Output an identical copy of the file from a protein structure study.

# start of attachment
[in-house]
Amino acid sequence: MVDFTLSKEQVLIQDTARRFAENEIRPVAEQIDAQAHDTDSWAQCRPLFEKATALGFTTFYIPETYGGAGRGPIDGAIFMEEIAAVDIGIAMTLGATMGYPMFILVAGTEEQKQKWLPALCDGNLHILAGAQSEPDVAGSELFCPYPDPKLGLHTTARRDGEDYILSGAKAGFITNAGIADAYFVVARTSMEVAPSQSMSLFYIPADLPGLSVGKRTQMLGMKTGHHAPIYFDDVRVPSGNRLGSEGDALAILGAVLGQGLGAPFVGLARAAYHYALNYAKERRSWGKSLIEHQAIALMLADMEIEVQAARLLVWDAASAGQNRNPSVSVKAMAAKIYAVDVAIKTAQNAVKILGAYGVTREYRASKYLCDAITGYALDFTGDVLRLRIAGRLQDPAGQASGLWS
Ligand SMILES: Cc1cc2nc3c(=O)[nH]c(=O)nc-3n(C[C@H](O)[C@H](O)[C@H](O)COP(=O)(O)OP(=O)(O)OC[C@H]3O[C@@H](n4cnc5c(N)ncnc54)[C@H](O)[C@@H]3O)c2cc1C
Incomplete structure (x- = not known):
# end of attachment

[in-house]
Amino acid sequence: MVDFTLSKEQVLIQDTARRFAENEIRPVAEQIDAQAHDTDSWAQCRPLFEKATALGFTTFYIPETYGGAGRGPIDGAIFMEEIAAVDIGIAMTLGATMGYPMFILVAGTEEQKQKWLPALCDGNLHILAGAQSEPDVAGSELFCPYPDPKLGLHTTARRDGEDYILSGAKAGFITNAGIADAYFVVARTSMEVAPSQSMSLFYIPADLPGLSVGKRTQMLGMKTGHHAPIYFDDVRVPSGNRLGSEGDALAILGAVLGQGLGAPFVGLARAAYHYALNYAKERRSWGKSLIEHQAIALMLADMEIEVQAARLLVWDAASAGQNRNPSVSVKAMAAKIYAVDVAIKTAQNAVKILGAYGVTREYRASKYLCDAITGYALDFTGDVLRLRIAGRLQDPAGQASGLWS
Ligand SMILES: Cc1cc2nc3c(=O)[nH]c(=O)nc-3n(C[C@H](O)[C@H](O)[C@H](O)COP(=O)(O)OP(=O)(O)OC[C@H]3O[C@@H](n4cnc5c(N)ncnc54)[C@H](O)[C@@H]3O)c2cc1C
Incomplete structure (x- = not known):